If you want to stand firm in a negotiation, put down that hot cup of coffee.
While we love coffee — worldwide, we drink 500 billion cups a year — holding a hot beverage has strange effects on our willingness to accommodate the person we’re talking to.
A 2008 study by Lawrence Williams of the University of Colorado and John A. Bargh of Yale sheds light on why.
Researchers asked participants to come to the lab to answer a short questionnaire — standard research practice, right? But the experiment started before they entered the room.
Each participant was joined by a research assistant while taking the elevator up. The assistant had her hands full; at one point, she asked the participant to hold a cup of coffee while she wrote his or her name down.
Half the participants held a hot cup of coffee, and the other half held an iced coffee.
When the participants got to the lab, they were asked to rate a stranger’s personality — whether they were generous, caring, good-natured, or otherwise warm.
The results: The participants who held the warm coffee said that the individual had a warmer personality. The authors concluded that holding a warm object leads people to regard others more fondly.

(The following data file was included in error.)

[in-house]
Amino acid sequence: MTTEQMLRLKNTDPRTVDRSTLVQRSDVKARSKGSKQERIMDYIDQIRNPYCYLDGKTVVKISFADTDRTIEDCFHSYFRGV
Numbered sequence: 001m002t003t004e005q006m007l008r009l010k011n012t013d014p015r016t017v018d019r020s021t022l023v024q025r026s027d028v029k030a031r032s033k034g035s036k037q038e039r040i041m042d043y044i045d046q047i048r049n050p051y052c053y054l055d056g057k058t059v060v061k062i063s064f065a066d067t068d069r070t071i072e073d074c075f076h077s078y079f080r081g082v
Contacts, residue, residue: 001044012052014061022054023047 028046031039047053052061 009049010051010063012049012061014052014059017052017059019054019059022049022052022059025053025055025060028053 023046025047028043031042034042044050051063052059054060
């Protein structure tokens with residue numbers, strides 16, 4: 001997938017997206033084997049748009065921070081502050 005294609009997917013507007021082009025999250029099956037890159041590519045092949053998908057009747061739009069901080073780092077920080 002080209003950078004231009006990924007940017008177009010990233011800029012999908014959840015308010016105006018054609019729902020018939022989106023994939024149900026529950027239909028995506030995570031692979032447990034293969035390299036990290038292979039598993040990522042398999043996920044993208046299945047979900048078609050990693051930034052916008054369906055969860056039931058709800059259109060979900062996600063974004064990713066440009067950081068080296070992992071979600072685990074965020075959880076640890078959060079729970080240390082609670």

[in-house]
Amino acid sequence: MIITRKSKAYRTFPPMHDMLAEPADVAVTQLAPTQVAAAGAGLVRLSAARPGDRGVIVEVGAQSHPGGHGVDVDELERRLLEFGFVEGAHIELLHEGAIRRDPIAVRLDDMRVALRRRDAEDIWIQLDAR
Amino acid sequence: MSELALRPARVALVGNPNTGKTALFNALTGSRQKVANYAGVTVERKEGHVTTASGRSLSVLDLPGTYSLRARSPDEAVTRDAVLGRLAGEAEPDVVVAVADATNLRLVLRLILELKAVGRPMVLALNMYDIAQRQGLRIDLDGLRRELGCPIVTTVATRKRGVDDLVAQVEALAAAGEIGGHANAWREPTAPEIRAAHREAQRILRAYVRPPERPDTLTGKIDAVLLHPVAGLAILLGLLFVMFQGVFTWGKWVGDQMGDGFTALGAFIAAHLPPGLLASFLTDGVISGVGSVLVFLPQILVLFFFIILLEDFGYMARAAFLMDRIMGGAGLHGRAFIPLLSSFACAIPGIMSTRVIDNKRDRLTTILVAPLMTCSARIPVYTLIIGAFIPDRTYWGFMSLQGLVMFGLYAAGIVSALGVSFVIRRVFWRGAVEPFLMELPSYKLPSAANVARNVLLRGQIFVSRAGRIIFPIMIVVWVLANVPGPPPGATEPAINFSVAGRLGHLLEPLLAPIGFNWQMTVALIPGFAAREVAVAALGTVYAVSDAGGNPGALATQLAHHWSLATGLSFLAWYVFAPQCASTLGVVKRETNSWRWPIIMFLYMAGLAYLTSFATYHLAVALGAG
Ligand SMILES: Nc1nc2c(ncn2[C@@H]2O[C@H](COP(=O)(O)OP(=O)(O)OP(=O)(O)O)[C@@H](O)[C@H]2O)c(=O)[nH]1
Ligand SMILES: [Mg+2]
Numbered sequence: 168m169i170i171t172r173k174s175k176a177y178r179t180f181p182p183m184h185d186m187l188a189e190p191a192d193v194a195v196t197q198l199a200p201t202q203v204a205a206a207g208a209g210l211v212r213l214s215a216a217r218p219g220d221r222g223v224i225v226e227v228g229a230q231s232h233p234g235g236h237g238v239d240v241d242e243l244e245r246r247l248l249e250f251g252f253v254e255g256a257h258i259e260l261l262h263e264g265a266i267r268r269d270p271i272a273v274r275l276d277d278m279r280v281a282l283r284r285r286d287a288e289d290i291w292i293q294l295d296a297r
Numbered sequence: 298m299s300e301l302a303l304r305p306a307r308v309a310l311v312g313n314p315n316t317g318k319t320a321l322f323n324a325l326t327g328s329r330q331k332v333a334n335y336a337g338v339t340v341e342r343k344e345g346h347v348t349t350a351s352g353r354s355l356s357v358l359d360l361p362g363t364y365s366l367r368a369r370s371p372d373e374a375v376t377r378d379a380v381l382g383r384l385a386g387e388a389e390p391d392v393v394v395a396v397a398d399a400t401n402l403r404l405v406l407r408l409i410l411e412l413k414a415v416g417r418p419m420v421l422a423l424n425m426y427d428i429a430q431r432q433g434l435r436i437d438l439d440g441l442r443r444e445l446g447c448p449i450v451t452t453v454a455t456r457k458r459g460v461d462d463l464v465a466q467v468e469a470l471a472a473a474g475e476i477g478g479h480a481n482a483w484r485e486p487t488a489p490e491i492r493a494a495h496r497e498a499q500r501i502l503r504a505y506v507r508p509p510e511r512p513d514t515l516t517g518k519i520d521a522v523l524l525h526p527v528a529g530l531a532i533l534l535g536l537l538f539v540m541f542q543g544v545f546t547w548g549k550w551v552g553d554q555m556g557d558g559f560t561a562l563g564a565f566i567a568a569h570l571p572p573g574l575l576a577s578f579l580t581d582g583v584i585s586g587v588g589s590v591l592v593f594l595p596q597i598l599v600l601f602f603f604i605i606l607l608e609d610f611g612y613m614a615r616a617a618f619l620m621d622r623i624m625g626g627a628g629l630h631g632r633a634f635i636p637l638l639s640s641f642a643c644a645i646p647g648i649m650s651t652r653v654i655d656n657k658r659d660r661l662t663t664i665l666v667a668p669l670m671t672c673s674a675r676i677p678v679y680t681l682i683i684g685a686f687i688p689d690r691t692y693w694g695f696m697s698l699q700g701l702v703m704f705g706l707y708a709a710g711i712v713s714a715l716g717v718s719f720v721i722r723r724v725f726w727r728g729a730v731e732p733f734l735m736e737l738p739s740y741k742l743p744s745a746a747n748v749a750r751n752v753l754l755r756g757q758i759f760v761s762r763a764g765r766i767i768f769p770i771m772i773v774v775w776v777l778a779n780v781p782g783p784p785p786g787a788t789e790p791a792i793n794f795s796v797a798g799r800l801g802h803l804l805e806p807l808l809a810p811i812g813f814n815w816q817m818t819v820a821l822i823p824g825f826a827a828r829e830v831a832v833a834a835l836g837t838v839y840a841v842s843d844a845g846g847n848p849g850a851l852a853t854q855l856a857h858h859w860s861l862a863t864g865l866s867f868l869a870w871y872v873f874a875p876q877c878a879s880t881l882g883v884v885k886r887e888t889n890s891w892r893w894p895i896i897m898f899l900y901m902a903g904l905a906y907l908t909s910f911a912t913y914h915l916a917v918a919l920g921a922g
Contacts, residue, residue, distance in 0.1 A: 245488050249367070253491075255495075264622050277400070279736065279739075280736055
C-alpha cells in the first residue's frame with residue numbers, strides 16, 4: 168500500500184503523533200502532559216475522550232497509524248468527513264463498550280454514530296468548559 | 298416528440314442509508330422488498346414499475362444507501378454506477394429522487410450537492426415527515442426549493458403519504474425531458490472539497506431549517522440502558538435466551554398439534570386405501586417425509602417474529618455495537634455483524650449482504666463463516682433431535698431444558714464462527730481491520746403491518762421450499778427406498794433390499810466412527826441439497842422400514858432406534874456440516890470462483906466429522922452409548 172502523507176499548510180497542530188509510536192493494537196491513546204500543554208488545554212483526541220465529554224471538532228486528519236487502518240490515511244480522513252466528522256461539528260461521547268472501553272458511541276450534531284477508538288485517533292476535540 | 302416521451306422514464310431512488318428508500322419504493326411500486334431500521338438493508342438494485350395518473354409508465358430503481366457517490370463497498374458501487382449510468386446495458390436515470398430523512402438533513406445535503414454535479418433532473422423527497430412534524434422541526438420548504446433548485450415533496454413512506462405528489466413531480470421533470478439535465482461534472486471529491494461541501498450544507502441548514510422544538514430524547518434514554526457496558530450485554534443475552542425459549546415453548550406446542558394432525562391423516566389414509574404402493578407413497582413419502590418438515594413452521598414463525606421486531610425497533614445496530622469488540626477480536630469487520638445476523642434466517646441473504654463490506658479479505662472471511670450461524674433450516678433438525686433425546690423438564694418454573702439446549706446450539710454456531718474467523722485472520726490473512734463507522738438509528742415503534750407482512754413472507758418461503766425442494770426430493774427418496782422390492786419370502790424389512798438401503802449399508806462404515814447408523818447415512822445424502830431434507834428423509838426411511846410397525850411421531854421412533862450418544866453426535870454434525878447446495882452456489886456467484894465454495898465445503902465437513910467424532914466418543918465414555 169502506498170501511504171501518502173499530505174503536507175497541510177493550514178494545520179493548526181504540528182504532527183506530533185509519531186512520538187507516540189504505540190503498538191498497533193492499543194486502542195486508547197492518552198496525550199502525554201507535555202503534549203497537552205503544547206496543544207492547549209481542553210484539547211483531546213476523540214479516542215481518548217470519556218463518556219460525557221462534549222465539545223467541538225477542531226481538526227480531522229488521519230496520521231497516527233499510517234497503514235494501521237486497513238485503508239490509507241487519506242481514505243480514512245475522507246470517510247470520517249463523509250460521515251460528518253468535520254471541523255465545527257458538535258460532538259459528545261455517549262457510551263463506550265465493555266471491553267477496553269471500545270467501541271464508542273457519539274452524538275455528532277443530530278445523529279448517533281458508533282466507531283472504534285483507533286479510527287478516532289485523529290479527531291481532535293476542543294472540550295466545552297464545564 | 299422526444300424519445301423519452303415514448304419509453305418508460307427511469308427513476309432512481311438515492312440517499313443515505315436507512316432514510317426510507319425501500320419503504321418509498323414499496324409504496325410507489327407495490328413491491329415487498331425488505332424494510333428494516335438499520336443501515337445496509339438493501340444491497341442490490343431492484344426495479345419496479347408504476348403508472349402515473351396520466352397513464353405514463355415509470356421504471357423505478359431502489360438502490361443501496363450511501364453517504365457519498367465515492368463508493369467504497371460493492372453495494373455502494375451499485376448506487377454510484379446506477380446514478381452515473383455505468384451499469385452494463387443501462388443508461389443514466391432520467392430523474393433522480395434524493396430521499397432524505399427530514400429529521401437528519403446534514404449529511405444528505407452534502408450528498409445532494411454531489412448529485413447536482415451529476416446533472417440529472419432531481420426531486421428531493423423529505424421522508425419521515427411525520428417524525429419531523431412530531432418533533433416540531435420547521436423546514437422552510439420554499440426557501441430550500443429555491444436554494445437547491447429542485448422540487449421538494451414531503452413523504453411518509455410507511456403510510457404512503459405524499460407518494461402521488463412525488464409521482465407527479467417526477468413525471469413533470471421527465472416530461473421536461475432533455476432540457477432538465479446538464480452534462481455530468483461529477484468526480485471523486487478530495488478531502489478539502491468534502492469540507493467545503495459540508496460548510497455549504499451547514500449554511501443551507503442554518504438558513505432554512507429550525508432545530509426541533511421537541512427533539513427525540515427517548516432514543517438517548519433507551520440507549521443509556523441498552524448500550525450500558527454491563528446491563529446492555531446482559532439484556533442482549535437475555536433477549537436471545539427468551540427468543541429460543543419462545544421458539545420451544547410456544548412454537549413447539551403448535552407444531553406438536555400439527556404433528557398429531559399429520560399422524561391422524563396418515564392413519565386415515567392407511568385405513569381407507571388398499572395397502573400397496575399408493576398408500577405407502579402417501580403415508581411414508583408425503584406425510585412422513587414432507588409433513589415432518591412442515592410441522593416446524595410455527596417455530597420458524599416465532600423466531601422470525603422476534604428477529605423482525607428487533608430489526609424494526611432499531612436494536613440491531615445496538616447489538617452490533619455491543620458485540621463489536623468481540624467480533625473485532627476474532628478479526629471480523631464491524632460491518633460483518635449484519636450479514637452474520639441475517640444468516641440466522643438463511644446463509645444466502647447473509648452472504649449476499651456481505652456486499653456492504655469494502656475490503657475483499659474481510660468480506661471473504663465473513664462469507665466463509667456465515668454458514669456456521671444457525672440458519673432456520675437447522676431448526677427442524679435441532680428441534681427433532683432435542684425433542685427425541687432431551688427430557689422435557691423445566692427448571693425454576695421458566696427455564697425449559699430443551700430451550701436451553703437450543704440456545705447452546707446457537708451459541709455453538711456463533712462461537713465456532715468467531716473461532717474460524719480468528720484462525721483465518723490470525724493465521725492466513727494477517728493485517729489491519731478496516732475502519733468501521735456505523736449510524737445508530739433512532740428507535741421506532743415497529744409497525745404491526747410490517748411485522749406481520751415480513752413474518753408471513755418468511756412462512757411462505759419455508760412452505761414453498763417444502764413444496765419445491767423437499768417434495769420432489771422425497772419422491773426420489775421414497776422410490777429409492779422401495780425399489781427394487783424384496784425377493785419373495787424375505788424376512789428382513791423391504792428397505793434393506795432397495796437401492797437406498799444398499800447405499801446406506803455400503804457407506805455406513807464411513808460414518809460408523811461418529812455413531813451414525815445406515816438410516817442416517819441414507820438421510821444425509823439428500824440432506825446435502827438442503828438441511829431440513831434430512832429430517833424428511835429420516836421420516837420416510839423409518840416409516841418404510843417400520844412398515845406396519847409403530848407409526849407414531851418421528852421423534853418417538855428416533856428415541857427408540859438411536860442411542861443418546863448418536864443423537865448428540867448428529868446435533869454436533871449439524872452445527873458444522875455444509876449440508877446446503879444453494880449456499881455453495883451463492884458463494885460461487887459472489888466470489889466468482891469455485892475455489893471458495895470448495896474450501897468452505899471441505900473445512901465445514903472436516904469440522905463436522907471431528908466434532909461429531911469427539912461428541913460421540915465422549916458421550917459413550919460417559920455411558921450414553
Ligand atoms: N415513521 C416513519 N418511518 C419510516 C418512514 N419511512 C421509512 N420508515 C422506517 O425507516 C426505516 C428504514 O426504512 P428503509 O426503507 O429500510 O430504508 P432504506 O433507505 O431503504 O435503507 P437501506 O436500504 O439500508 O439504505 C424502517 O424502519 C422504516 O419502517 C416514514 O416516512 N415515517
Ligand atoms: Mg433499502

According to Tel Aviv University professor Thalma Lobel, this is part of embodied cognition, a growing field within psychology that shows how your mental life is a part of your physical life. She writes about it in her new book “Sensation: The New Science of Physical Intelligence.”
“As children, we first learn the concrete concepts of close or far, smooth or rough, warm or cold,” Lobel says. “On the basis of these concrete concepts we learn more abstract concepts. When we touch something warm, without our being aware of that process, it activates the concept of a warm personality.
Another experiment by Williams and Bargh helps us see how a hot beverage can derail your negotiations.
In this experiment, they told participants they were going to review a new product — a therapeutic pad — as part of a consumer marketing study. The pad was either hot or cold; participants held it for a moment before deciding whether to tell friends to buy the same pad.
But then the real experiment started: Researchers asked participants to select a reward for being a part of the study. As Lobel reports, participants could either enjoy a refreshment for themselves or give a gift certificate to a friend. Only 25% per cent of the people who held the cold pad chose the gift, while about 50% of the people who held the hot pad picked it.
Holding the warm object, in other words, leads to more generous behaviour. This is great if you’re trying to make friends — but it’s problematic if you’re trying to stay firm at the negotiation table.
So the next time you ask for a raise, make sure that coffee comes iced.
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